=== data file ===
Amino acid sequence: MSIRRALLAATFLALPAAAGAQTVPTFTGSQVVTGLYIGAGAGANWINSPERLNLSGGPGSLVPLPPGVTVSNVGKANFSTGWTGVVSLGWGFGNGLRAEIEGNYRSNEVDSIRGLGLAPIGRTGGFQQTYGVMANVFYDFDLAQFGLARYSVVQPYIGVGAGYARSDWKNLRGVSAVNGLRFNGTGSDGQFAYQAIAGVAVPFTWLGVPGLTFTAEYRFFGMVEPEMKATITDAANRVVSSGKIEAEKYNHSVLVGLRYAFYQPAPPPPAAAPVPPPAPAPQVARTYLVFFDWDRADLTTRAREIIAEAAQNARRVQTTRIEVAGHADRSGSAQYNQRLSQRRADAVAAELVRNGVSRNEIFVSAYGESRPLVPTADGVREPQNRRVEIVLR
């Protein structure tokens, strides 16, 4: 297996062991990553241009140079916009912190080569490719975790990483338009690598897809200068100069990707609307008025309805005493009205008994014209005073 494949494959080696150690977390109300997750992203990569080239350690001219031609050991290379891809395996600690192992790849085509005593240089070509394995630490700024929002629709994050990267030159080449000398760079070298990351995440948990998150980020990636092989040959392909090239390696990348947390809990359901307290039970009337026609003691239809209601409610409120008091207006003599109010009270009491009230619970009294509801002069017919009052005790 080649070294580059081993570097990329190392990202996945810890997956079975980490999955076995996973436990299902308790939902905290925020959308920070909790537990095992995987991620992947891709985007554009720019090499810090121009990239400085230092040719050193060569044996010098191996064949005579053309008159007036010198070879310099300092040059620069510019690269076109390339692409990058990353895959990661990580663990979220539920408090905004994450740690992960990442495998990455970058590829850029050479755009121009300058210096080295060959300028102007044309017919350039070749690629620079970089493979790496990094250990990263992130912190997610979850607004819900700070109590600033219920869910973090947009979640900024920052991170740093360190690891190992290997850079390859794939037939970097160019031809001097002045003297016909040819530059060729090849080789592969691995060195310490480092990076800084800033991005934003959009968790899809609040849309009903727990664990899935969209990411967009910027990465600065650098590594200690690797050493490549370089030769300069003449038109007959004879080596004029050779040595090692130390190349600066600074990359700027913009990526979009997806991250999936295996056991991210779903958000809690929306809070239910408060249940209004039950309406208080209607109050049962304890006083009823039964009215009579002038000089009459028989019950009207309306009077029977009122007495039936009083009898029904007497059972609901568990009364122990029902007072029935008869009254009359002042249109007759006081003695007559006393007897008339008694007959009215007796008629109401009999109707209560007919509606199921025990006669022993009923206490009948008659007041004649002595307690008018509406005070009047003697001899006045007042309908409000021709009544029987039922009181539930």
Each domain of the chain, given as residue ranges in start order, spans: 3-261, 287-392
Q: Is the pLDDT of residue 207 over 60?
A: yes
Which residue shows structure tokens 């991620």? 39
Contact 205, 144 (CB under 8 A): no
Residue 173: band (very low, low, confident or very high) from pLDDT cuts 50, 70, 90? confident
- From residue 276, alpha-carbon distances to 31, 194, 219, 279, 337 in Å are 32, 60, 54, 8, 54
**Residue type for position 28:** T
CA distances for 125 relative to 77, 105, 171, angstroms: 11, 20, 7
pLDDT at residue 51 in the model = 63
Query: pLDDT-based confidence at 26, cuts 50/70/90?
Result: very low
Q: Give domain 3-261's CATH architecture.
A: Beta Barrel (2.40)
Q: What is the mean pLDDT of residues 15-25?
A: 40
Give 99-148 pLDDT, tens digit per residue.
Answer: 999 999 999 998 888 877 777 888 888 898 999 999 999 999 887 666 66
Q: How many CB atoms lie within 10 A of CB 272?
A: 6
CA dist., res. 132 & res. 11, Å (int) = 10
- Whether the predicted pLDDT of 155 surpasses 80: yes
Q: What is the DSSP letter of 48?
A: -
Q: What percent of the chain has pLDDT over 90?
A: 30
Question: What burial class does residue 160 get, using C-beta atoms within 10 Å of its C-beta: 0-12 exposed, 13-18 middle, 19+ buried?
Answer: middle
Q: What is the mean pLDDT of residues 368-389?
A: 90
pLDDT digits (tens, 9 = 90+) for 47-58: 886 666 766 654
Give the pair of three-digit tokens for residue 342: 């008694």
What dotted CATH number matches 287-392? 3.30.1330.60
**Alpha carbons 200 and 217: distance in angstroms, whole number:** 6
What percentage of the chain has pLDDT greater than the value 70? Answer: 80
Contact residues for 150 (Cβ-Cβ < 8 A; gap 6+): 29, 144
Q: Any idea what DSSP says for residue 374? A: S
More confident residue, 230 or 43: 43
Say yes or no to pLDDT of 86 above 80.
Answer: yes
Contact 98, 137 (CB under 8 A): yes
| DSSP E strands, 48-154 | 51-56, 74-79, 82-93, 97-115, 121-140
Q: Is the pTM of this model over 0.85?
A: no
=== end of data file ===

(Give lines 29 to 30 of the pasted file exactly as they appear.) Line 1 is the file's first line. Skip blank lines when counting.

Question: What burial class does residue 160 get, using C-beta atoms within 10 Å of its C-beta: 0-12 exposed, 13-18 middle, 19+ buried?
Answer: middle